We are sure this University, or at the very least this kind of effort, will succeed. And equally, we are sure that over time, this venture will significantly change the paradigm of higher education. Others will undoubtedly copy it all around the world.
UPeople will have a serious impact both on conventional non-profit universities and on the few for profit universities that have sprung up (like the University of Arizona). Reshef is smart, framing the UOP as a non-profit where an educational institution needs to be to lay claim to objectivity which is the bedrock of true accreditation.
Beyond that concern, UPeople can be a significant catalyst and accelerant in igniting the utilization of the growing number of online courses. The good will of the academic world is boundless, inhibited only by the antiquated structures and medieval ideas of entrenched university administrations.
We have taught university courses online for several years (Comparative Religions; Modern Judaism; War and Peace in Judaism, Christianity and Islam). We helped design the online charter school in Minneapolis in 1996. We know that online education works. We know the limits of how it works now. And we know its potential is boundless.
We promise to follow this story with great enthusiasm.
Israeli Entrepreneur Plans a Free Global University That Will Be Online Only
By TAMAR LEWIN
An Israeli entrepreneur with decades of experience in international education plans to start the first global, tuition-free Internet university, a nonprofit venture he has named the University of the People.
“The idea is to take social networking and apply it to academia,” said the entrepreneur, Shai Reshef, founder of several Internet-based educational businesses.
“The open-source courseware is there, from universities that have put their courses online, available to the public, free,” Mr. Reshef said. “We know that online peer-to-peer teaching works. Putting it all together, we can make a free university for students all over the world, anyone who speaks English and has an Internet connection.”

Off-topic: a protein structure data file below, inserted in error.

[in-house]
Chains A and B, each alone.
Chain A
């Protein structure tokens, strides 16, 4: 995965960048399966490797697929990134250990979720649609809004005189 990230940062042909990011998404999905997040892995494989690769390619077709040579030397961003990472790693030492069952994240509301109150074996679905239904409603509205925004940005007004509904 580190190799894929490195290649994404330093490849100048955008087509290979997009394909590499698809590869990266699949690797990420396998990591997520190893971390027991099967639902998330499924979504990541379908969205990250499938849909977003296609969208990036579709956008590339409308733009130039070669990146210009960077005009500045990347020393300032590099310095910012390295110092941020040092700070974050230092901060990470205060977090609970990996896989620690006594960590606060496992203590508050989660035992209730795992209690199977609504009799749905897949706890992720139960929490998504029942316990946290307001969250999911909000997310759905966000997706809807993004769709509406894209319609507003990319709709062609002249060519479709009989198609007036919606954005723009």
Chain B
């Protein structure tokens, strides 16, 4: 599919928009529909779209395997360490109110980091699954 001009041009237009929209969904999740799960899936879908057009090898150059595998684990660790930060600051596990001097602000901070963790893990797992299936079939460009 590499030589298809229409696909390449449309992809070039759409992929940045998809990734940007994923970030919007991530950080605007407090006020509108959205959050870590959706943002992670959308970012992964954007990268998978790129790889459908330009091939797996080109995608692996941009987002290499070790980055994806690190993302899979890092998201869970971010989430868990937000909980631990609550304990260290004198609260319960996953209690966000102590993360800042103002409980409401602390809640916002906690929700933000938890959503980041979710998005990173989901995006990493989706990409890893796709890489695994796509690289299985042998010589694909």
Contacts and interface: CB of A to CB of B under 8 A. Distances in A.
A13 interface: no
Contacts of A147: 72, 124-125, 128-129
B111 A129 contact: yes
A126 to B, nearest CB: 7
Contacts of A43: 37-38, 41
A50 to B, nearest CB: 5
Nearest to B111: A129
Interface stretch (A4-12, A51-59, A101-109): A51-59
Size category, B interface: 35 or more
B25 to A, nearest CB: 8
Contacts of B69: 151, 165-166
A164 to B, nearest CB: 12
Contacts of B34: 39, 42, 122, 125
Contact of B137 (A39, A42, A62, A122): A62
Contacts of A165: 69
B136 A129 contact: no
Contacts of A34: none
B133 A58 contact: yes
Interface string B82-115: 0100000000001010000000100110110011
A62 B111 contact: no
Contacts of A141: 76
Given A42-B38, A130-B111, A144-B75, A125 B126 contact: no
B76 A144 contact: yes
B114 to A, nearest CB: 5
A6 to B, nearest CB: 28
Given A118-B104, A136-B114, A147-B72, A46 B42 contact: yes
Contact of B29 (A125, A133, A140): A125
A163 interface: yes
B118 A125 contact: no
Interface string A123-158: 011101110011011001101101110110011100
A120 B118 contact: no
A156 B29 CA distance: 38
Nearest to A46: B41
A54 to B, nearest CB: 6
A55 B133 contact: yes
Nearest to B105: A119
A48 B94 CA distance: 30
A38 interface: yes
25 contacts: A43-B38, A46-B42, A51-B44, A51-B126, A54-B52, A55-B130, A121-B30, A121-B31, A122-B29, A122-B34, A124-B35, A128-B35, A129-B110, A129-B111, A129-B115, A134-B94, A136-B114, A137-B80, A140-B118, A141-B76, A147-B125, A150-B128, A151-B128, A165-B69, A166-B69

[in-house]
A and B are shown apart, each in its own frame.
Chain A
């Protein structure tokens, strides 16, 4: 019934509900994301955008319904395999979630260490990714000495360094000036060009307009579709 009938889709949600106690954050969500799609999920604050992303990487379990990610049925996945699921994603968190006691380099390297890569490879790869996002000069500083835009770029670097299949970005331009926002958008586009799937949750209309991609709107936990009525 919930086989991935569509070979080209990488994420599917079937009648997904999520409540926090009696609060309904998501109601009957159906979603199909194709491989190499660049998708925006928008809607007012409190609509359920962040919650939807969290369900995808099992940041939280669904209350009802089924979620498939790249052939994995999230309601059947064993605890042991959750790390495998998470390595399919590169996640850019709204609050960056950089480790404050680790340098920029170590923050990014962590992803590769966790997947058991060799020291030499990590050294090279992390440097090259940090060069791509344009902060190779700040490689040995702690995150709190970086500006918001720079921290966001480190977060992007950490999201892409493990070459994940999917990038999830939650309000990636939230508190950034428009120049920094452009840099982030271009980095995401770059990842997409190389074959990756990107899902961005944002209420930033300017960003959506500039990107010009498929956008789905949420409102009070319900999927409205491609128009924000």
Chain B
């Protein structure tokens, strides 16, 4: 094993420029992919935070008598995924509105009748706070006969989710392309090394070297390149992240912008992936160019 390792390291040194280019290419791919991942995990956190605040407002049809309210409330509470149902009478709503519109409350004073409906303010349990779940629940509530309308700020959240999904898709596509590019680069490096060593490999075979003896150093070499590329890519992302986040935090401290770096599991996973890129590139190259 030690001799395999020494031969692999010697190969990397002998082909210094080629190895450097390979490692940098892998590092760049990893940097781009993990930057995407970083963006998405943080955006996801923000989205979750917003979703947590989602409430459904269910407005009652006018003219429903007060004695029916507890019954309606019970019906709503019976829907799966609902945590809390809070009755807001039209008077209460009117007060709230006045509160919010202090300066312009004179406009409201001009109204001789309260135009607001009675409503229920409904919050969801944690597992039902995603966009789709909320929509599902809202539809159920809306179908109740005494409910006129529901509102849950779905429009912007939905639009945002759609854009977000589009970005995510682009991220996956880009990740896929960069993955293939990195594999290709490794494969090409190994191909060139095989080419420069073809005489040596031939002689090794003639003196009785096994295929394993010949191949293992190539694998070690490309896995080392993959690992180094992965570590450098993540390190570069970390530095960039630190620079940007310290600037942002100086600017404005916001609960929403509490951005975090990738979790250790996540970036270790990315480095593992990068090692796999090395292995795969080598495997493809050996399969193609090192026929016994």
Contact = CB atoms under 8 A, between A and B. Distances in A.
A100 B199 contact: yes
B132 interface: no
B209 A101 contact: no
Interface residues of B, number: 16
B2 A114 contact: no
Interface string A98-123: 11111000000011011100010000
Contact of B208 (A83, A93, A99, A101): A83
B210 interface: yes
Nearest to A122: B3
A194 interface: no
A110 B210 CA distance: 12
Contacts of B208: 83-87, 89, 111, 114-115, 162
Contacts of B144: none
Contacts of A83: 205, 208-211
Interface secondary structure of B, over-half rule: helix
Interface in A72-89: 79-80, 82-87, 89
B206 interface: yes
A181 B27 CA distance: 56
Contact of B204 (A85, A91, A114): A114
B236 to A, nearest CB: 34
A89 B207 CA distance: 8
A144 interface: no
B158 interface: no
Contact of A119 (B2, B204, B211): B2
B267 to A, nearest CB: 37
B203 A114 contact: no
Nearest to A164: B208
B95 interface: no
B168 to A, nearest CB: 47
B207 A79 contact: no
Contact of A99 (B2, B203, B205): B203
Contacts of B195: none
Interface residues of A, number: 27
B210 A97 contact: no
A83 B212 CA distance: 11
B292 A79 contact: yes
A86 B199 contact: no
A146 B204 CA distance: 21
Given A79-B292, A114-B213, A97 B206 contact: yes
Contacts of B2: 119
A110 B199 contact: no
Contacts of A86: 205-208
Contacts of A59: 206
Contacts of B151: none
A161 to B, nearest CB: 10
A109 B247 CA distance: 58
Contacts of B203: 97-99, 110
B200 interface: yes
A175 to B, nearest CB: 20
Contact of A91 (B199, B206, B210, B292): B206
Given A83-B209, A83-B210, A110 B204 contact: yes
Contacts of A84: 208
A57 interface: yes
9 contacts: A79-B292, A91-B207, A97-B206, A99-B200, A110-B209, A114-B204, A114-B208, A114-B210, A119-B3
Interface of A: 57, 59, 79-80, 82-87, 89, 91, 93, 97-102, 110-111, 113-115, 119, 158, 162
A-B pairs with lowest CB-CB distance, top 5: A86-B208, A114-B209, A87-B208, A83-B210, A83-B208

About four million students in the United States took at least one online course in 2007, according to a survey by the Sloan Consortium, a nonprofit group devoted to integrating online learning into mainstream higher education.
Online learning is growing in many different contexts. Through the Open Courseware Consortium, started in 2001 by the Massachusetts Institute of Technology, universities around the world have posted materials for thousands of courses — as varied as Lambing and Sheep Management at Utah State and Relativistic Quantum Field Theory at M.I.T. — all free to the public. Many universities now post their lectures on iTunes.
For-profit universities like the University of Phoenix and Kaplan University have extensive online offerings. And increasingly, both public and private universities offer at least some classes online.
Outside the United States, too, online learning is booming. Open University in Britain, for example, enrolls about 160,000 undergraduates in distance-learning courses.